Gallery at 249 A Street is set to premier Bejeweled, a new exhibit of works by Paola Savarino, to honor her memory and legacy not only as a creative force, but also as an accomplished advocate for affordable live/work space for artists in the City of Boston. Sponsored by 249 A Street Artists Cooperative, Gallery East and the South Boston Community Development Foundation, the exhibit runs from Thursday, August 17 through Saturday, September 30. Gallery hours are by appointment at 617-416-0718. The show reception takes place on Friday, September 8, from 6 to 8 p.m. and is open to the public. Refreshments will be served. The exhibit and reception are FREE.
Bejeweled is co-curated by Duane Lucia and Tony Savarino, Paola’s son, and features 25 paintings never before shown. They are works in acrylic, oil and mixed media, including glass beads and coins. The pieces portray highly-textured, colorful and poetic images that dance on the canvas and energize the viewers’ senses.
“As a visual artist, much of Paola Savarino’s experience translates into visual expressions,” said Lucia. “Color, energy, symbols and surfaces are her means of exploring and understanding the world.”
Early in Savarino’s career, she illustrated Charles Bukowski’s poem, “The Genius of the Crowd.” In the 1980s, she became known for her large abstract canvases and, more recently, her encaustic mixed media Buddhas. She received numerous awards over the course of her career, including a Museum of Fine Arts Fifth Year Grant and an endowment from the WBZ-TV Fund for the Arts to create one of the first large arts projects—a billboard painting—in Fort Point. Her paintings are part of the permanent collection at The Rose Art Museum at Brandeis University.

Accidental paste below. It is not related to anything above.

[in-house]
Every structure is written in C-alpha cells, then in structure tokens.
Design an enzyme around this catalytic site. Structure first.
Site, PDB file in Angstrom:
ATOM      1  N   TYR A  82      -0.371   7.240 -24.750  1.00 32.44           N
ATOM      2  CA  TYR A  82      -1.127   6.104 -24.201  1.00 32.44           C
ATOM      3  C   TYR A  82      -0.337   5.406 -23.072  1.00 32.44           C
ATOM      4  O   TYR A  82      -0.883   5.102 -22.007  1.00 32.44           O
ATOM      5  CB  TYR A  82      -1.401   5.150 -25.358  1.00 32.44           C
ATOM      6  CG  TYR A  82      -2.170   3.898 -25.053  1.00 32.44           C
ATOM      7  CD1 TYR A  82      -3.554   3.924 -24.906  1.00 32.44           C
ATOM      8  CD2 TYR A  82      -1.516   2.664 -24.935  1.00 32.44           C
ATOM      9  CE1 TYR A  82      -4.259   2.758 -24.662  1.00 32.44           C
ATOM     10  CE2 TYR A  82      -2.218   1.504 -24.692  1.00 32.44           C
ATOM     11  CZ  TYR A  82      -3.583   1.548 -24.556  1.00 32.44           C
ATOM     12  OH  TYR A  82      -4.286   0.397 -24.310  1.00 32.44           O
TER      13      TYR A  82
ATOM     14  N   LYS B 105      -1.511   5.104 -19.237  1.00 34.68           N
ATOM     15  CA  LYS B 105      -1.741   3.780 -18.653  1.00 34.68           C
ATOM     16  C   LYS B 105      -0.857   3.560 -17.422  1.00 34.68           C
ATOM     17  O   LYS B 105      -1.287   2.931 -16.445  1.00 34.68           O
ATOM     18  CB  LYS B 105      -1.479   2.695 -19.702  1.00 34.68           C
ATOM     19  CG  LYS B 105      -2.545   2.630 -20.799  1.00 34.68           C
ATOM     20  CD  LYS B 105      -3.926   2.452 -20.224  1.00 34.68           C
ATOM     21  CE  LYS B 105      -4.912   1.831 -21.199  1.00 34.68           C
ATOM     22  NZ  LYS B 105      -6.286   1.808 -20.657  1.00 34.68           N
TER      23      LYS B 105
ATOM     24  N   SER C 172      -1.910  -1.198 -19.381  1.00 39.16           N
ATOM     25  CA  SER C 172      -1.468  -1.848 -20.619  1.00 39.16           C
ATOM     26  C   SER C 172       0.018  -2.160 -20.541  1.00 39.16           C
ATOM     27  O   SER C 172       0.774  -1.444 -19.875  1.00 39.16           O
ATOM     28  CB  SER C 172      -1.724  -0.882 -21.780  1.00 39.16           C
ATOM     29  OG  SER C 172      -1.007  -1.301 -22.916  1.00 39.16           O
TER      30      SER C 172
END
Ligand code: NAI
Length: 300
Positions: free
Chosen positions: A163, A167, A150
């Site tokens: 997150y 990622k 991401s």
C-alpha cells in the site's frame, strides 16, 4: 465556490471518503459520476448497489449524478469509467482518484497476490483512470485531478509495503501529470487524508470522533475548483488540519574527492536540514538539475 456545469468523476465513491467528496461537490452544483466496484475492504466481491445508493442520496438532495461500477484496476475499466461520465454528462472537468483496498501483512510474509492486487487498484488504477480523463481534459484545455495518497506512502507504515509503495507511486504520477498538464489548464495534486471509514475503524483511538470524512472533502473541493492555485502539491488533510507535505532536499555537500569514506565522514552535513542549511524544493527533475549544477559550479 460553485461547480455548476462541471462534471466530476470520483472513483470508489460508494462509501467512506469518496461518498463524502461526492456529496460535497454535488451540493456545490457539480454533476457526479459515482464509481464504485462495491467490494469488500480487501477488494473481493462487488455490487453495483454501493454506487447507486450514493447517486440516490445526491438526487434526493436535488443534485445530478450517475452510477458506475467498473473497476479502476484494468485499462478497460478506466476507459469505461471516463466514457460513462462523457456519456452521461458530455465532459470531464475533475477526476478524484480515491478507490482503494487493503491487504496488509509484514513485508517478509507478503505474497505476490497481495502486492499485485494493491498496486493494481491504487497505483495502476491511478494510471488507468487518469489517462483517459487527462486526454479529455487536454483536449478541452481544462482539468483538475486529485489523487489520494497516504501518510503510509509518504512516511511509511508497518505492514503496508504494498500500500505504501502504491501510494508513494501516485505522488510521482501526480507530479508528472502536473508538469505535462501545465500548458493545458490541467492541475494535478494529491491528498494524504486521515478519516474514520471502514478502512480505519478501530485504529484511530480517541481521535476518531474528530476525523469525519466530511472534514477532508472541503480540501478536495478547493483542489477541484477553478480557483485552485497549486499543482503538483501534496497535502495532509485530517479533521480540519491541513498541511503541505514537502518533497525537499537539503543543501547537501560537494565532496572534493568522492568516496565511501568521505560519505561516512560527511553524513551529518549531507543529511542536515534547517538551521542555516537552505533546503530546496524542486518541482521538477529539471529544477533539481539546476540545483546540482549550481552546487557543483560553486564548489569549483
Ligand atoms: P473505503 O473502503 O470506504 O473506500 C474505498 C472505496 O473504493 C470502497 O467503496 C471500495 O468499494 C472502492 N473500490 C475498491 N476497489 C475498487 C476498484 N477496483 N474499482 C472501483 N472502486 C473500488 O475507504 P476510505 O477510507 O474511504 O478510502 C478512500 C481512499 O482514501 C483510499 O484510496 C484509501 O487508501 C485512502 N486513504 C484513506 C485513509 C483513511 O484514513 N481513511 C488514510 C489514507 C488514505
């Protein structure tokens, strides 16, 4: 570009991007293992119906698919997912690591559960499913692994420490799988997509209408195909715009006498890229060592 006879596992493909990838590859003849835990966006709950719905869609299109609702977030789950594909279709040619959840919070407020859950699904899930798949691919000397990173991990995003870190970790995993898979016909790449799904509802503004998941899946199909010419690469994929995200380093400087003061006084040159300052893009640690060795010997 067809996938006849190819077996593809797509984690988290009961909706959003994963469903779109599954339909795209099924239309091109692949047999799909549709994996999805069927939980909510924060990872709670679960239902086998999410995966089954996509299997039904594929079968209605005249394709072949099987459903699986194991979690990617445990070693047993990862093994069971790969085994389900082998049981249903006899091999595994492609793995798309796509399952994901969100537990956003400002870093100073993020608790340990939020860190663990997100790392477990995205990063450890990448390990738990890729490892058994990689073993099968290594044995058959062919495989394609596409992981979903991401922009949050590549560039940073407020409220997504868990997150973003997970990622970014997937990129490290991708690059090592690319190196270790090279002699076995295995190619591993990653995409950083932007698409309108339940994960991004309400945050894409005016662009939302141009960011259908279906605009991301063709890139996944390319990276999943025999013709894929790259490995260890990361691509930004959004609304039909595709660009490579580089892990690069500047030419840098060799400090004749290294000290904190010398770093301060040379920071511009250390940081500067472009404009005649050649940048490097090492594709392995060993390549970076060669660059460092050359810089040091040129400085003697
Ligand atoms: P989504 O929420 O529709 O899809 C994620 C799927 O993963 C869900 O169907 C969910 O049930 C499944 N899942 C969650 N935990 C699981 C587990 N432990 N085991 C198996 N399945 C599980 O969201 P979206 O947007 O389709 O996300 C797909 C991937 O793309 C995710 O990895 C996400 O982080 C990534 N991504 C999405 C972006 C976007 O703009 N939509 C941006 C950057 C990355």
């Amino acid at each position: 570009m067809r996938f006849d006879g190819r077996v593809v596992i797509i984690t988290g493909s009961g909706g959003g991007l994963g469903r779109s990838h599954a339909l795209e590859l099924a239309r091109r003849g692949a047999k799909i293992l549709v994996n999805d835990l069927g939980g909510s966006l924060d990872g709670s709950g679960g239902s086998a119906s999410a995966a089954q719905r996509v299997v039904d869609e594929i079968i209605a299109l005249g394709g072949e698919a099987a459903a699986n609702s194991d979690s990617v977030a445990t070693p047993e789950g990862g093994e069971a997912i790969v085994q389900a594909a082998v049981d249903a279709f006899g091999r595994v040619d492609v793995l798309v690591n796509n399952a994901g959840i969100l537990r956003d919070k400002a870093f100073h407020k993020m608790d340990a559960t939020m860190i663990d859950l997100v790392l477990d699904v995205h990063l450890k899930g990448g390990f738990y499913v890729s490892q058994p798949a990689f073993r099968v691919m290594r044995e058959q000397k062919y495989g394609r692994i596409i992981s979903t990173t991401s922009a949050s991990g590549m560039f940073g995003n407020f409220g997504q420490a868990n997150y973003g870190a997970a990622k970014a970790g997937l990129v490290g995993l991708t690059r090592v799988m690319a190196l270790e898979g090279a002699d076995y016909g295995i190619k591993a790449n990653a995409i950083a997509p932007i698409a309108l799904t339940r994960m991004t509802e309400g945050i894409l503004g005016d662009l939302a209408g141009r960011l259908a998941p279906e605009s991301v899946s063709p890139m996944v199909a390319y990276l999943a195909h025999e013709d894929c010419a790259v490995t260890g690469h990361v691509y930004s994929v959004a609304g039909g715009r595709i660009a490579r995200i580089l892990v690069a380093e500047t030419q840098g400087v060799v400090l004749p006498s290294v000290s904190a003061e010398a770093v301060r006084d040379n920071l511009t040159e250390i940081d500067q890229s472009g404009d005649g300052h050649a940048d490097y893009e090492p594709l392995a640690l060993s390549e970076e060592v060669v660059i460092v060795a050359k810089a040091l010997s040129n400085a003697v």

Born in Cleveland, Savarino moved to Boston in 1970 to attend the School of the Museum of Fine Arts, where she would later go on to teach painting. As Boston’s Fort Point area—with its abandoned warehouses—became a destination for artists in the late 1970s, Savarino and others began working and living in the huge loft spaces despite the buildings being commercially zoned. They feared being caught, every knock on the door inducing panic and a scramble to hide signs of residence. That was no way to live.
In 1980, Savarino helped found Fort Point Arts Community (FPAC), which set on a course to find, re-zone, purchase and renovate buildings in which artists could afford to work and reside legally. The organization’s first success was the 249 A Street Artists Cooperative, where Savarino and her son took up residence along with 44 other artists. FPAC has since gone on to develop The Artist Building at 300 Summer Street and play an important role in establishing Midway Studios. Today, more than 300 artists live and work in Fort Point, and FPAC has become a model for artists’ organizations nationwide.
Paola Savarino passed away on March 8, 2017. Her son, Tony, said, “Paola treated everything and everyone she came in contact with like a rare and precious jewel.” It’s clear that her spirit, talent and kindness live on with her family, friends and the Boston artist community.